My Turning Twenty quilts are coming along nicely. I'm sewing strips of squares together today and have the backings and battings for both. By Thursday night's Quilting Bee, I hope to have everything ready to be pieced together so we can meld top, batting and bottom together.

I've been reading the biography of Norman Vincent Peale and enjoying it greatly. He was such a positive man and had a huge impact for good and God during his long life. I'm also reading Mason Dixon knitting and getting some good design ideas bouncing around.

The weather is cold, windy, snowy, icy - a good day for staying inside warm and cozy; a pot of soup sound like just the thing to round out the day.

Thursday, January 11, 2007

Quilting and Sewing Machines

My Quilting Bee group, graciously, allowed me to bring home one of their sewing machines to sew my quilt squares. I'm working on two "Turning Twenty" quilts, already have them cut out and need to sew the squares so I can piece the quilts together.

It's been decades since I've touched a sewing machine and my sewing machine is a black Singer model that sews a straight line but it can do it in reverse as well. I've been trying to finish a camera lens holder (for Deborah and I'm only a few months behind schedule...but that's a whole 'nother story) but can't figure out how to make the machine work. By that I mean, I can't figure out (neither can Dave) how to get the back off it so I can thread the needle. Apparently, this newer model (newer than my fifty year old machine) has to be threaded "inside" the body, over the needle. Therein lies the problem...how to get the cover off so I can thread the needle.

sigh.

I'm going to have to go to Quilting Bee tonight with NO sewn squares! I told Dave, "you know what this means...I'm either getting my sewing machine repaired OR I'm buying a new one!"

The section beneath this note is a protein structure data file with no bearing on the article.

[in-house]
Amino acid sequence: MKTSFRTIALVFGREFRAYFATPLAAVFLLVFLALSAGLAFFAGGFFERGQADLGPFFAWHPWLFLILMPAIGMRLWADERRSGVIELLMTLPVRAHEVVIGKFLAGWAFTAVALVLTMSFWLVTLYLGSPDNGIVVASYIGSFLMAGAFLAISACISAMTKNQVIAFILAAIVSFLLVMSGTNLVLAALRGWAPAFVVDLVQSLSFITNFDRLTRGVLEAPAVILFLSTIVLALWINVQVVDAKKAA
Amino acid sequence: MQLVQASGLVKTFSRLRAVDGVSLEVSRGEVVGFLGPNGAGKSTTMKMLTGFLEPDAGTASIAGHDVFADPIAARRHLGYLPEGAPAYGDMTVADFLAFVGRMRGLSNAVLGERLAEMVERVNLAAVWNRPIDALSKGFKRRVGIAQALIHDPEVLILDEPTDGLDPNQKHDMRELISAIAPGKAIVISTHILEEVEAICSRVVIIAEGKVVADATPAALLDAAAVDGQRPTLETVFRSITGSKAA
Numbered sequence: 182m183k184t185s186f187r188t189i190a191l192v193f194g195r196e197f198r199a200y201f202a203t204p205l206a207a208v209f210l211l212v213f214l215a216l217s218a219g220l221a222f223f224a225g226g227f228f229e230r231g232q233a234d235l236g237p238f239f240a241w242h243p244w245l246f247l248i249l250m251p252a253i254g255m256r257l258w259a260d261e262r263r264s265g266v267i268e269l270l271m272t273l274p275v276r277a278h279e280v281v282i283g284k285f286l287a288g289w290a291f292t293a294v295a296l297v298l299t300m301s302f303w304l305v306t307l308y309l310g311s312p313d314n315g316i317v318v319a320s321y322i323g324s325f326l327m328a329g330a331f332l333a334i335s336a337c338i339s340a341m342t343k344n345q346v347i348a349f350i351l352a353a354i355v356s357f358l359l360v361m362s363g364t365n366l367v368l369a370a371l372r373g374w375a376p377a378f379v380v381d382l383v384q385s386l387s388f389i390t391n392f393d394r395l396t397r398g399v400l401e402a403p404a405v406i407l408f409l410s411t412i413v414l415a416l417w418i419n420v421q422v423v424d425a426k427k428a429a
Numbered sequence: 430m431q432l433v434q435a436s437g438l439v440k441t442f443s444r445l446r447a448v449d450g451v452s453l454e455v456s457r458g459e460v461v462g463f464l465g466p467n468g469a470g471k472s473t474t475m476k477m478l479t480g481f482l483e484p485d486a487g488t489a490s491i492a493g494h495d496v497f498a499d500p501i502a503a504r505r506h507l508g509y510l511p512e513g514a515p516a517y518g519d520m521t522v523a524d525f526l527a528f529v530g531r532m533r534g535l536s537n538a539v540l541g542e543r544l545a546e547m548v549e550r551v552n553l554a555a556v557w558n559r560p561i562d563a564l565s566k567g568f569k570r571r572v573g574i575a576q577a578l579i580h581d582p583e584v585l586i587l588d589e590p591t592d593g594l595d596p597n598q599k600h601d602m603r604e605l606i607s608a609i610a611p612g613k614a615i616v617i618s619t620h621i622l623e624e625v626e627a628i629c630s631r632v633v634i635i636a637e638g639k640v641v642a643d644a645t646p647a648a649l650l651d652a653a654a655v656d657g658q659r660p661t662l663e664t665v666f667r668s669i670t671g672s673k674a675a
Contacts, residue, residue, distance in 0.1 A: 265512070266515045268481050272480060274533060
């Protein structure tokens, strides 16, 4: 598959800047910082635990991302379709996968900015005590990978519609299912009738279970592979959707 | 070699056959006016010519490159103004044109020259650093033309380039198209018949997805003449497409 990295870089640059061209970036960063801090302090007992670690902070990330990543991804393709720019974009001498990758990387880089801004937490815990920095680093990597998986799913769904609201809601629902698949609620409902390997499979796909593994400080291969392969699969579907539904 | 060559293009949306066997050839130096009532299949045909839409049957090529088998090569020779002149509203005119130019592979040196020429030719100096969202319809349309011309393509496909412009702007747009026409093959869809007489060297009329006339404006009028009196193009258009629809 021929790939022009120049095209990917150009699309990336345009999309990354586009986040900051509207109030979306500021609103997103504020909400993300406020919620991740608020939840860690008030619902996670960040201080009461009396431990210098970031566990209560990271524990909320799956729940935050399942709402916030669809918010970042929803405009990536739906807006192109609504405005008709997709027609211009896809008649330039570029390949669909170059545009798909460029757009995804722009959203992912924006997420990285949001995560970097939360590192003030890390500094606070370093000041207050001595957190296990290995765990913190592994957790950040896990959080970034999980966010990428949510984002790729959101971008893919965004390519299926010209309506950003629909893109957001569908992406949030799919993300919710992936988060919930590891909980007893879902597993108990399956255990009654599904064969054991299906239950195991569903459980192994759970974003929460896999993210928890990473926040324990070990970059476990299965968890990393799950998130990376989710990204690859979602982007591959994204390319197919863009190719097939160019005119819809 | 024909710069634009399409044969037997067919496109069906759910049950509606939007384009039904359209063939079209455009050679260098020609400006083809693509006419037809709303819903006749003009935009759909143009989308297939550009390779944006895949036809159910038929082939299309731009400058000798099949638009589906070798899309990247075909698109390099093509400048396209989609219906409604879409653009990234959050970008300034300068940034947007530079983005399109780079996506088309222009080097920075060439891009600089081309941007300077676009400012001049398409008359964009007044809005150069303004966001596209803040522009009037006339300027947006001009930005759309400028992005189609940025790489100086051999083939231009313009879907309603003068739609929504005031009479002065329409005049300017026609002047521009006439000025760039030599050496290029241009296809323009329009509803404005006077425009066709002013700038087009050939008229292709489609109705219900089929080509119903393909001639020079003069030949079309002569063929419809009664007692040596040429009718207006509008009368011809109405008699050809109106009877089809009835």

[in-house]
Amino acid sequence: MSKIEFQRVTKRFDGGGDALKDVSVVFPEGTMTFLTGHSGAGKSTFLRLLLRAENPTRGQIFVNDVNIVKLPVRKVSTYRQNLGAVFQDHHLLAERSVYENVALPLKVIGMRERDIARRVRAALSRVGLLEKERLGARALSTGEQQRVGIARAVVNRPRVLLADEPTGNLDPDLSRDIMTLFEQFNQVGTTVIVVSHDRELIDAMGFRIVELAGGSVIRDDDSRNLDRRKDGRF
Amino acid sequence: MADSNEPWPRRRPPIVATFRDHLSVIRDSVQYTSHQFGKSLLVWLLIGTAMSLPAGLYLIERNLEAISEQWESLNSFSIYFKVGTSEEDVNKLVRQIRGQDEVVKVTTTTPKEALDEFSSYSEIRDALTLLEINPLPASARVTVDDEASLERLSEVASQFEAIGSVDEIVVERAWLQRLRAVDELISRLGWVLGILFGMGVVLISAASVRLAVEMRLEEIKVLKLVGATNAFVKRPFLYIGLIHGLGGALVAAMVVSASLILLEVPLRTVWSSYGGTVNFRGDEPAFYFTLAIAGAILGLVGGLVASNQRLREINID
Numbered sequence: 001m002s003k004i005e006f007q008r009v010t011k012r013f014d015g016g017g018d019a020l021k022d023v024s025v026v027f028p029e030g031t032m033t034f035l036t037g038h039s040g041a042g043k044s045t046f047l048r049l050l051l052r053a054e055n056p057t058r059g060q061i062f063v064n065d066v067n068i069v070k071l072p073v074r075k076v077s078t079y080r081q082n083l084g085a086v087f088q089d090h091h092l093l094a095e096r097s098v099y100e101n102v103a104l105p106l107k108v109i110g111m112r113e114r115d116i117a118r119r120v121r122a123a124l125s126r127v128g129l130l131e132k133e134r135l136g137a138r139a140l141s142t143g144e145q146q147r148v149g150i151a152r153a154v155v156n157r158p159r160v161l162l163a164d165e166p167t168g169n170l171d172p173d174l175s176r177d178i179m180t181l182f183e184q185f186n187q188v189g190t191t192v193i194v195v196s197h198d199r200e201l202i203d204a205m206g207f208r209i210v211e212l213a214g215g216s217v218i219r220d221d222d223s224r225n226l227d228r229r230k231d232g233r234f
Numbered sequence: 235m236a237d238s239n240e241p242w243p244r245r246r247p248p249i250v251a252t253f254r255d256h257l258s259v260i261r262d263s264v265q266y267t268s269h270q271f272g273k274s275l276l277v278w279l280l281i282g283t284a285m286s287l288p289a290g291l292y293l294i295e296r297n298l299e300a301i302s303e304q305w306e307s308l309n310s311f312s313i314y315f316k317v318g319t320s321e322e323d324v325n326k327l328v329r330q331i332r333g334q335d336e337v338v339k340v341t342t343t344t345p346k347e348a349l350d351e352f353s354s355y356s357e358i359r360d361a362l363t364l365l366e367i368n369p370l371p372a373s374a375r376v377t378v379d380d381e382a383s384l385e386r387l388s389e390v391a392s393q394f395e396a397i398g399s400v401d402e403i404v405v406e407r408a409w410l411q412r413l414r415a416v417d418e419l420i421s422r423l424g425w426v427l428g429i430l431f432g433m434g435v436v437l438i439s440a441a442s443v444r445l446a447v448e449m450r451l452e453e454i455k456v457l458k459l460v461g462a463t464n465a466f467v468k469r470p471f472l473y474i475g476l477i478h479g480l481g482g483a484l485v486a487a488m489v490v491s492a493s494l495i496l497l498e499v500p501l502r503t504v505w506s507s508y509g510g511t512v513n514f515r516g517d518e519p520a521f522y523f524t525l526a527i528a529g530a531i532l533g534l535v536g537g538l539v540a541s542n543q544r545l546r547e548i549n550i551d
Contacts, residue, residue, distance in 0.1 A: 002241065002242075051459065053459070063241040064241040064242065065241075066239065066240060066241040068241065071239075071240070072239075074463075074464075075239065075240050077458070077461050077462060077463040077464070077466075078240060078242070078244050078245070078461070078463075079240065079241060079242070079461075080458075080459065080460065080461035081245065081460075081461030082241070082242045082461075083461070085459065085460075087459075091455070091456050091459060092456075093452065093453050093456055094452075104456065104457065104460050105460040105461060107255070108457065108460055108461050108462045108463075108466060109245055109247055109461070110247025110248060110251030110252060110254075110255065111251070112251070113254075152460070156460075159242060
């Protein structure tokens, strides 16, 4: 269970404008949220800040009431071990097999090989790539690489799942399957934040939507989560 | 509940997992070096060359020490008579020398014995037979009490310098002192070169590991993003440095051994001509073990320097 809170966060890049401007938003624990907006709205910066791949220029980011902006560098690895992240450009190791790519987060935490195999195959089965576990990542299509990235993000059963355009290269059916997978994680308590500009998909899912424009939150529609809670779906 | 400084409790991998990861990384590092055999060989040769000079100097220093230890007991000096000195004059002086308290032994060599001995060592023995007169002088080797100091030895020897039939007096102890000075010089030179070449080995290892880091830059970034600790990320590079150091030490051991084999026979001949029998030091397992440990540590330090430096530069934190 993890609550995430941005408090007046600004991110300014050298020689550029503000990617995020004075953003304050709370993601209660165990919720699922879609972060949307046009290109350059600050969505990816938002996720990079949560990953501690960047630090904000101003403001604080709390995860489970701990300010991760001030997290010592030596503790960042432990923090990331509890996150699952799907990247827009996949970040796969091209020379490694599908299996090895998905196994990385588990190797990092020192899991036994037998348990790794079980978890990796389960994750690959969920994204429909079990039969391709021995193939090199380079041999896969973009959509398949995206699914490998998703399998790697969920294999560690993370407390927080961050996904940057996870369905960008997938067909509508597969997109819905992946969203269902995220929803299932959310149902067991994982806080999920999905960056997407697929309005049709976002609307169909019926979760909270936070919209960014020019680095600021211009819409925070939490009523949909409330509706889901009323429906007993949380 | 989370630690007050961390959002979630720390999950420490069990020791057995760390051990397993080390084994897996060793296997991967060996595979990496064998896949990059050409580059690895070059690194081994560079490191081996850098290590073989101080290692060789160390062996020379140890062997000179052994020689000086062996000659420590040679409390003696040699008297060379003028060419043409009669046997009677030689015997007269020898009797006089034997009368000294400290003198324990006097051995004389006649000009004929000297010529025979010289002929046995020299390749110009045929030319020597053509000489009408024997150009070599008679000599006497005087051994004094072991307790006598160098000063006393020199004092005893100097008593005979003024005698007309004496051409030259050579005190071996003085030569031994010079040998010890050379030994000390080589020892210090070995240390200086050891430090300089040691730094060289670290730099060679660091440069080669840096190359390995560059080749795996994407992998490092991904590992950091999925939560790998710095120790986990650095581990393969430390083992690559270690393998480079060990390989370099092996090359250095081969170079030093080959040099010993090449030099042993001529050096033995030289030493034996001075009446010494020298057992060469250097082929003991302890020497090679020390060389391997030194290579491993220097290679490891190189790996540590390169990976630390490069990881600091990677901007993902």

Anyone have comments on what kind of sewing machine to buy? I'm convinced that any machine made in the last twenty years is going to be smarter than I.

Why oh why did I tell my family they were getting quilts for Christmas this year!?

Tuesday, January 09, 2007

Snow and Seeds


The first major snow storm of the season is falling and we've a couple of inches on the ground. Vision is a few feet, only double digits, and we're expecting six inches...depending upon neighbor, television, radio or computer. More than likely, one of them will be right.
The deer we saw on Cove Creek at the other end of Tazewell County. Dave's family owns land there and it's a good place to see wildlife, pick dye materials and enjoy a good view.
It's got to be winter because seed catalogues are arriving. One of my favorites is Baker Creek Heirloom Seeds, in Missouri, a rare seed catalogue. They have some wonderful seeds, both native to the USA and from around the world. I'd love to attend their Heritage Days, the first Sunday of each month, April through December; looks like it would be great fun, informative and educational as well.

A couple of years ago, I met Jere Gettle of Baker Creek, he's an impressive young man who is doing his part to change the world for the better. He's a proponent of locally grown food using sustainable methods; none of that gene-altered or mass produced food in his catalogue! He married last year and I wish he and his wife, Emilee, many productive years and happiness. I share my prayer with you...may God give you the strength to do the work He has set before you both.